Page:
Open your windows for 10-20 minutes every day
Even in the bitter cold, airing out your house every day will get rid of condensation (which leads to mold), toxins, dust, viruses, bacteria and indoor air pollution, all of which can have a negative effect on our health. Central heating also tends to dry out our mucus membranes, form a mechanical barrier for pathogens entering our bodies. Exposing our lungs to fresh air daily can also help lower our stress and anxiety levels.
Yes, I know I sound like a broken record! Getting a regular eight hours of sleep and finding time for rest and relaxation replenishes the immune system and improves resistance to infection. Lack of sleep depletes many nutrients and can increase the body’s production of cortisol – our stress hormones. If you are struggling with your sleep, look at practising good sleep hygiene such as avoiding screen use 2 hours before bed, dimming the lights in the evenings and keeping your room temperature cool. You may also want to ensure you are eating enough carbohydrates throughout the day and consider having a bedtime snack. I have written a separate blog post about sleep here.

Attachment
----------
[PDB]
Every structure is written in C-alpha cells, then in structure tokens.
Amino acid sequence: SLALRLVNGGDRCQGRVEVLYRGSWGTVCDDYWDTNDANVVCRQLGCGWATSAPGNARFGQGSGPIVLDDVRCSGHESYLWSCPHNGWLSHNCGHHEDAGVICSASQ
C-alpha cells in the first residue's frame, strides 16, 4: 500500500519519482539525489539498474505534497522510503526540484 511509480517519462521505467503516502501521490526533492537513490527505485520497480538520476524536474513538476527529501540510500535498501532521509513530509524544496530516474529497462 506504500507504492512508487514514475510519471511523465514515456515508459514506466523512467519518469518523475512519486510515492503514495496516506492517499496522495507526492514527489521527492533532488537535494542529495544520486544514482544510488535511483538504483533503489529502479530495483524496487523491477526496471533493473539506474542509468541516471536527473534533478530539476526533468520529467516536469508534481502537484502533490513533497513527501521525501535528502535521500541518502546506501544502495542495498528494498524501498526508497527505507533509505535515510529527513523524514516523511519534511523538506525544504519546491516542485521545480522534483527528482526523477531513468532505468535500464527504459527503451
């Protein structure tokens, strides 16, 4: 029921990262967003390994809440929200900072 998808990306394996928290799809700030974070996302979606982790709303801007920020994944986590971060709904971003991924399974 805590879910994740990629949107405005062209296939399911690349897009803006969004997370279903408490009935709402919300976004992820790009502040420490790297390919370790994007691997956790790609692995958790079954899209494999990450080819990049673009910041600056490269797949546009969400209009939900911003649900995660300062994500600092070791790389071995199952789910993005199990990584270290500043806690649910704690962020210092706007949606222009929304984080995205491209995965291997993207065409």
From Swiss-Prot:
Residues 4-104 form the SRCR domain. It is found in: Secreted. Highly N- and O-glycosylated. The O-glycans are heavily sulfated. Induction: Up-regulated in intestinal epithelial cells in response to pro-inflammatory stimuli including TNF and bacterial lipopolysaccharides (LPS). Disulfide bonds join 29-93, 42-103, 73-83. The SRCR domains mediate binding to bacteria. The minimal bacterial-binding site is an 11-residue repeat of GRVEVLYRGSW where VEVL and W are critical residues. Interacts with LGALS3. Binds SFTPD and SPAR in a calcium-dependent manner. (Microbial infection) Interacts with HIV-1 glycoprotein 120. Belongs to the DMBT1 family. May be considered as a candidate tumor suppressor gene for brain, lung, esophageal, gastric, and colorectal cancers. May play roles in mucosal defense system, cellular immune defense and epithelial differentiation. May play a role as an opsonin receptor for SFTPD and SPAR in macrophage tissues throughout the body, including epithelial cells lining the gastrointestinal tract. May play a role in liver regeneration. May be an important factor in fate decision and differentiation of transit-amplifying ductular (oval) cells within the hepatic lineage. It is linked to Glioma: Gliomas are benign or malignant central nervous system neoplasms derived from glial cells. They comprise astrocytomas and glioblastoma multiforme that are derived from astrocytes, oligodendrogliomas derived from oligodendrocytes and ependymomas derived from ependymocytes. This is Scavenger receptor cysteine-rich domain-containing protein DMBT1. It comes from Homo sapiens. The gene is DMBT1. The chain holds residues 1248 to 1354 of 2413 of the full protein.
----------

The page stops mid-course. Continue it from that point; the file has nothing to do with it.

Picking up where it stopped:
Did you think you could read one of my blog posts and not have me talk about stress? Yeah, I thought so! Stress depletes nutrients important for health defence, such as Vitamin C, zinc and magnesium, as well as affecting your metabolism and thyroid function (also crucial for overall health). Easier said than done, but one important thing to remember is that most stress is a mindset – your brain cannot distinguish from actual stress (i.e. being chased by a bear) and perceived stress (i.e. sitting in a traffic jam) and will activate the same physical stress response system, which can have damaging repercussions on your health. Look at including mindfulness and relaxation in your daily life and working on a mindset shift.
Ensure you are adequately hydrated by drinking mineral rich fluids.